Prisca, Aquila, Epaenetus, Mary, Andronicus… St. Paul sends greetings to 26 disciples by name in Romans, Chapter 16 and most of them were included in the first reading at the Catholic Life Congress Mass celebrated at the Cathedral Basilica of SS. Peter and Paul on Nov. 5.
“For the most part we have no idea who these people are,” Archbishop Charles Chaput told the 900 mostly teachers and catechists at the Mass. “But they may have been in the life of the Church at that time even more important than St. Paul in terms of the actual spreading of the Gospel. Just as maybe 200 years from now when the history of this part of the Church in Philadelphia is written, your names may not be known, but you might do a lot more for the spreading of the Gospel than the Archbishop whose name will certainly be on some kind of tablet somewhere.”
Each of the people mentioned by Paul had a unique role in spreading the Gospel, and “each of you here today is a person who has a starring role in the history of salvation,” he said. “In God’s plan, in God’s play, there are no extras.”
Afterward the congregation continued the discussion across the street at the Sheraton Philadelphia Downtown Hotel and attended workshops or discussion groups and listened to luncheon keynote speakers, with the day’s program centered on “Verbum Domini” (“The Word of the Lord”), Pope Benedict XVI’s 2010 apostolic exhortation.
“You are the front line of carrying the Good News of Christ into the world,” said Thomas Smith, the main luncheon speaker. “My prayer is for this congress to be a catalyst for Philadelphia to have a real and sincere recovery of the Word of God as a centrality in the life and mission of the Church, both in our personal lives and at the diocesan level.”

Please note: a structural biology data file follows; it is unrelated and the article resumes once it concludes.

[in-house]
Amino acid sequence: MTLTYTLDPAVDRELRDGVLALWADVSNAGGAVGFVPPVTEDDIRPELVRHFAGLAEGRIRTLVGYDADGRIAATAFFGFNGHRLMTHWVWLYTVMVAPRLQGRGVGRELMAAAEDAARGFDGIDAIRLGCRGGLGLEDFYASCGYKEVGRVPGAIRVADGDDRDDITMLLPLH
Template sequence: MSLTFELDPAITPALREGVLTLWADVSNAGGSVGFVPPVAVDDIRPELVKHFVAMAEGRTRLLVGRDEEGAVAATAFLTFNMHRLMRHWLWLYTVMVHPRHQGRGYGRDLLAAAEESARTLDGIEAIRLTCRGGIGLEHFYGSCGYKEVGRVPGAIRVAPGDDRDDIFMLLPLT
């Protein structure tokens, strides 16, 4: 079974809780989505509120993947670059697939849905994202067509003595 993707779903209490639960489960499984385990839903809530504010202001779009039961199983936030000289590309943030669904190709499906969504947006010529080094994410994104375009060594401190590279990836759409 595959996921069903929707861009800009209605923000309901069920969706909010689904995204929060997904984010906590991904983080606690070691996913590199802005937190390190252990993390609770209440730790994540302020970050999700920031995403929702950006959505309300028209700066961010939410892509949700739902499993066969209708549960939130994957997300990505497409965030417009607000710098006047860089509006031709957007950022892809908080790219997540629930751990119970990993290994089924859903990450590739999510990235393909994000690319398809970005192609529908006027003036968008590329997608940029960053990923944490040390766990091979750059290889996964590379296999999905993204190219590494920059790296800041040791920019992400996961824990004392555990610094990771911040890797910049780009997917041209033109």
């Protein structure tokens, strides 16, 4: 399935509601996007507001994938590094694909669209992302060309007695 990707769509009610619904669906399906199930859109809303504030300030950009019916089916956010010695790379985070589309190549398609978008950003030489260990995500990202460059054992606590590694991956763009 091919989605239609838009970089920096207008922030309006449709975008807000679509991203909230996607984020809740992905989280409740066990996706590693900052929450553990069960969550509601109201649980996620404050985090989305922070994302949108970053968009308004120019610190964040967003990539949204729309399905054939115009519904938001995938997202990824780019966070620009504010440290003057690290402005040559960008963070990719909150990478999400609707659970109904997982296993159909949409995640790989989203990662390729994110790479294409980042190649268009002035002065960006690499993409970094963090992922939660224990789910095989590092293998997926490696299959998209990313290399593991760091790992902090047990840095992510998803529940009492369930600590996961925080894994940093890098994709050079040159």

Smith, a former director of the Denver Catholic Biblical School, is a frequent speaker before Catholic audiences across the country.
A separate keynote in Spanish was given to another luncheon audience by Nelly Lorenzo, a member of the faculty of DePaul University in Chicago.
In previous years the annual Catholic Life Congress was held at suburban high schools, but this year it came into the city because “we wanted to
celebrate the liturgy in the Cathedral,” said Maryanne Harrington, director of the archdiocesan Office for the Formation of the Laity. “We have a lot more people here from the city and maybe a little less from the suburbs,” she said. “I’m really excited about the keynote topic. ‘Verbum Domini’ is so important.”
In total there were 16 other presenters, priests, religious and lay men and women speaking on various aspects of presenting the Word of God. Among them was Sister Timothea Elliott, R.S.M., who spoke on The Word of God and the Joy of the New Evangelization.
In brief Cathedral remarks, Archbishop Chaput, who knew Sister Timothea from Denver where she taught at St. John Vianney Seminary, said she was the most brilliant Old Testament scholar in the world.
“He’s a little prejudiced,” laughed Sister Timothea, who has also given presentations at St. Charles
Borromeo Seminary and is currently director of Christian Formation for the Diocese of Knoxville.
“Sister Timothea’s talk was wonderful,” said Bishop John McIntyre. “Anyone who can help us love the Word of God more helps us to love Christ more. It’s wonderful to see all these people here at the Mass and at the talks.”
Gerri Dennis, one of a large contingent from St. Benedict and St. Raymond parishes in Philadelphia, echoed the sentiment of many. “It’s really a wonderful program. Very inspiring and encouraging,” she said.
Not everyone at the Congress was a teacher or catechist in the strict sense of the words. Doris Duncheskie usually attends every year, but she is a parish nurse from Holy Martyrs Parish in Oreland.
“We look at the spiritual side of people and help to healing mind, body and spirit,” she said. “I’m always looking for ways to spread the Word to people.”
And in the end that’s what it was all about.